|Zigbee, Linux, and the GPL||| Print ||
|Written by Akiba|
|Sunday, 14 June 2009|
I’m not sure if a lot of you are familiar with this, but there is currently an effort to develop a Zigbee stack native to Linux . The effort is spearheaded by people from the Siemens Embedded Systems – Open Platform group and they have already released some 802.15.4 code for the project . However, a recent issue came up on the Linux Kernel Mailing List (LKML) regarding Zigbee and it’s compatibility with the GPL that may possibly de-rail this effort. The issue is important because any efforts for a protocol stack, or any software for that matter, to get integrated into the Linux kernel will be useless if it can’t comply with the terms of the GPL. The issue in question is in regards to the first paragraph of the “Notice of Use and Disclosure” statement in the public Zigbee specification:
The ZigBee Specification is available to individuals, companies and institutions free of charge for all non-commercial purposes (including university research, technical evaluation, and development of non-commercial software, tools, or documentation). No part of this specification may be used in development of a product for sale without becoming a member of ZigBee Alliance.Although there’s no problem for GPL compliance for non-commercial projects, a commercial project will not be able to use the Zigbee specification, and thus no Zigbee software, unless the individual or group becomes a member of the Zigbee Alliance. Here’s where the issue occurs. The Zigbee Alliance membership fee for the lowest tier, Adopter (of which I am), is $3500. Hence, the above statement becomes analogous to an IP licensing agreement for a minimum sum of $3500 for any commercial project. This would be in violation of term 2-c of the GPL:
2. You may modify your copy or copies of the Library or any portion of it, thus forming a work based on the Library, and copy and distribute such modifications or work under the terms of Section 1 above, provided that you also meet all of these conditions:
Although the open source community is traditionally indifferent to anything that is ‘commercial’, the GPL does not make any distinction between commercial and non-commercial. Its requirement is basically that the source code must remain open and free of licensing fees. In this case, the licensing fee isn’t imposed by the author but by the owner of the specification’s IP. Hence the quandary that the LKML post opens up.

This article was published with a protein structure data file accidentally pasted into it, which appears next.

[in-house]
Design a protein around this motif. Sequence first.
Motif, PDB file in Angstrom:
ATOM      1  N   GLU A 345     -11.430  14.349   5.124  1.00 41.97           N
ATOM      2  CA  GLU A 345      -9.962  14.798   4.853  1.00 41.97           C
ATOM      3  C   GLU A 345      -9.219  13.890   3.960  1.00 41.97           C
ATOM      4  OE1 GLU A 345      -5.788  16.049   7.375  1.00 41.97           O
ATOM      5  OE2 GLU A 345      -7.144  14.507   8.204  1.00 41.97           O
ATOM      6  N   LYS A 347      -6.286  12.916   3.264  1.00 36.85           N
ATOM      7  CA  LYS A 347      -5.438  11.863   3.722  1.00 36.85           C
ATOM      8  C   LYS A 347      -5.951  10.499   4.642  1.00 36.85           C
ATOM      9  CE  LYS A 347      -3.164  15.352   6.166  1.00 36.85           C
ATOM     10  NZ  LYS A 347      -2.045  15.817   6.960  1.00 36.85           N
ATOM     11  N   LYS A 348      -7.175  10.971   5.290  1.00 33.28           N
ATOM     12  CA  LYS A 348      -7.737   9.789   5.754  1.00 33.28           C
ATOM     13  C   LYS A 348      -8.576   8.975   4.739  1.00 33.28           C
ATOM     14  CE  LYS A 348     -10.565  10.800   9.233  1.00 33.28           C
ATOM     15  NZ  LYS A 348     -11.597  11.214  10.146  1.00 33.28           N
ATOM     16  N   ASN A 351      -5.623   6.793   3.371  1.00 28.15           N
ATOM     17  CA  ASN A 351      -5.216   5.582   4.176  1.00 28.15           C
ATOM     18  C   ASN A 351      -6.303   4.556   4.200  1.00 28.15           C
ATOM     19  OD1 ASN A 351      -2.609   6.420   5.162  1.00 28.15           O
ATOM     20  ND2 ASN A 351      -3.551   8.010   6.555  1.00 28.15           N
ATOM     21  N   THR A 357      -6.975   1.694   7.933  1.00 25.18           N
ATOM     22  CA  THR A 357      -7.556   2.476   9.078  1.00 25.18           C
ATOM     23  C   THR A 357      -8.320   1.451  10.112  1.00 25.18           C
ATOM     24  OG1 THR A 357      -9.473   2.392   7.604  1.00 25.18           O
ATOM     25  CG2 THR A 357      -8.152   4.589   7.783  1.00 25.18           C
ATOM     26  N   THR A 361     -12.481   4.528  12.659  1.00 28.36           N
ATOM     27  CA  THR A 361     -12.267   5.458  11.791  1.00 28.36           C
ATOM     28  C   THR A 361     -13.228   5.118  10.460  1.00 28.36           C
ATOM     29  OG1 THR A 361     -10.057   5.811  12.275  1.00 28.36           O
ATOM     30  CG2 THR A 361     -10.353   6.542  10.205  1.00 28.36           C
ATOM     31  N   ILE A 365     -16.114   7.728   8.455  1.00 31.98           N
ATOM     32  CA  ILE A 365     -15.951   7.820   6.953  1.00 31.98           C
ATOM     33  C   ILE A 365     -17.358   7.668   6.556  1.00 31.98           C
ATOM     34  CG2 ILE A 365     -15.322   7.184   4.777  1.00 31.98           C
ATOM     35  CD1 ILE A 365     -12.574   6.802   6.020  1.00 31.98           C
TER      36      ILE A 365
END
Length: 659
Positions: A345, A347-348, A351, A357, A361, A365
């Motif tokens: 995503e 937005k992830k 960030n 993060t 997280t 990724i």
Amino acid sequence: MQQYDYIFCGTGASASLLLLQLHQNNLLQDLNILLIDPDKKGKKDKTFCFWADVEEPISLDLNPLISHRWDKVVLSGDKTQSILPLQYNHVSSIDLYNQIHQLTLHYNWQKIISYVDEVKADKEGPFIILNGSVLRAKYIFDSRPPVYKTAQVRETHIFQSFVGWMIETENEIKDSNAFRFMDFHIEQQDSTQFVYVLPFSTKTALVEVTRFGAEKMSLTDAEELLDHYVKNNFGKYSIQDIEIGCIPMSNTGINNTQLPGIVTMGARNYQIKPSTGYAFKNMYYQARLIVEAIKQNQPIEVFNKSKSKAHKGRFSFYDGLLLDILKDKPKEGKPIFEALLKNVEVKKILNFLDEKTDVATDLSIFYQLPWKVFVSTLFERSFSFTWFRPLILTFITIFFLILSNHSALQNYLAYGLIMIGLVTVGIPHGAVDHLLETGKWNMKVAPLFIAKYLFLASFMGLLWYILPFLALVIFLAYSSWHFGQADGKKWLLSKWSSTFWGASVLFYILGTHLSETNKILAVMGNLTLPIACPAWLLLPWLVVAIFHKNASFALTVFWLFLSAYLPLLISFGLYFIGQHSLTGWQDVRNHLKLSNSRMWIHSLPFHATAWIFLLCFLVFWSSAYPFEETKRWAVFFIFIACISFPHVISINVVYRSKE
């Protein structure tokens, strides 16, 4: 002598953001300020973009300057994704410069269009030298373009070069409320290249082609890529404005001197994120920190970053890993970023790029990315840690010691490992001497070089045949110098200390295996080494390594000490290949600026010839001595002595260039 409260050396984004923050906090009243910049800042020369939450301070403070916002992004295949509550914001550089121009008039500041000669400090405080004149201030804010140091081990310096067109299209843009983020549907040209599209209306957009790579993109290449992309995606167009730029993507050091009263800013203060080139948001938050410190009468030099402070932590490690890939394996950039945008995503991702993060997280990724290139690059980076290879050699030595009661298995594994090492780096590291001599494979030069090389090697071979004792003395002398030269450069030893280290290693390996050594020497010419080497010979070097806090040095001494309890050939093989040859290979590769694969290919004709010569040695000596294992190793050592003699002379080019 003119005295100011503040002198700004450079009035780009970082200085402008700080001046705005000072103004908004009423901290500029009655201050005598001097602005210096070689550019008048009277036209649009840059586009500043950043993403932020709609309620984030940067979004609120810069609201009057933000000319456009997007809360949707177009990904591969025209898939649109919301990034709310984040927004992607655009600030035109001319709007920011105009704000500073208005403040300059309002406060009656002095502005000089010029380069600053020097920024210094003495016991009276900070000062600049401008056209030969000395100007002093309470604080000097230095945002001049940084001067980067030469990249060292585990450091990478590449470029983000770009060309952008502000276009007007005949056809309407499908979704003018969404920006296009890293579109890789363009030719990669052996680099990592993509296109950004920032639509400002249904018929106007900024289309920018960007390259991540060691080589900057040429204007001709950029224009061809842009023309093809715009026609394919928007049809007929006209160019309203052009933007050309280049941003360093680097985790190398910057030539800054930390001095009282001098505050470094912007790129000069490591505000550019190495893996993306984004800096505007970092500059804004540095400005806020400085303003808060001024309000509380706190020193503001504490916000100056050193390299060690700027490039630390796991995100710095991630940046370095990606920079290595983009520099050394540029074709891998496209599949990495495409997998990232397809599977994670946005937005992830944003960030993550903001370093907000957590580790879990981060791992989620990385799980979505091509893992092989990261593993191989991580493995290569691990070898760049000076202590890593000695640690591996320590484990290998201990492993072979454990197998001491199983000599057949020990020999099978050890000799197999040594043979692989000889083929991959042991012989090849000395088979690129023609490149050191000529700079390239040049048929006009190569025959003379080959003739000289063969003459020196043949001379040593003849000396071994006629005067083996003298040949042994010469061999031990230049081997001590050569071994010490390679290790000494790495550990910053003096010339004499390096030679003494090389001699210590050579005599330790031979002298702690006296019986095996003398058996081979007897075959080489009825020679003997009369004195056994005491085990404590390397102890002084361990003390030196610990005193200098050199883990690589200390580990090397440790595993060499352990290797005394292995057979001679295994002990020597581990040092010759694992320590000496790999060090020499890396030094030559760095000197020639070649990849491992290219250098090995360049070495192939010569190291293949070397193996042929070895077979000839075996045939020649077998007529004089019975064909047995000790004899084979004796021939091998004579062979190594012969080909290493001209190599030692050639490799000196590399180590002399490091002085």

I’ve already brought this issue up on the Zigbee Alliance internal mailing list and am very interested in the outcome. The FreakZ project is also covered by the GPL so this would affect my software as well. If the outcome is unfavorable, ie: the GPL can’t be used, then the FreakZ project will still continue, however I’ll have to put a lot of thought into which license to use. Apparently, everyone wants me to go BSD…already heard it about a thousand times...
I’m really hoping that Zigbee will stay true to their word of moving the spec to become more of an open standard. Linux kernel adoption would be a huge statement that it is, in fact, open which would earn brownie points in the eyes of the US Department of Energy as well as European and Asian energy agencies and energy utilities. Also, if the protocol stack does get adopted into the Linux kernel, it may provide the key to markets such as handsets (Android), set-top boxes (TiVo), and networking gear (uhhh…like all routers). These are markets that other protocols are drooling over.
written by Jon Smirl, June 14, 2009
written by Jon Smirl, June 14, 2009
written by Juha Lindfors, June 15, 2009
written by Jon Smirl, July 11, 2009
|< Prev||Next >|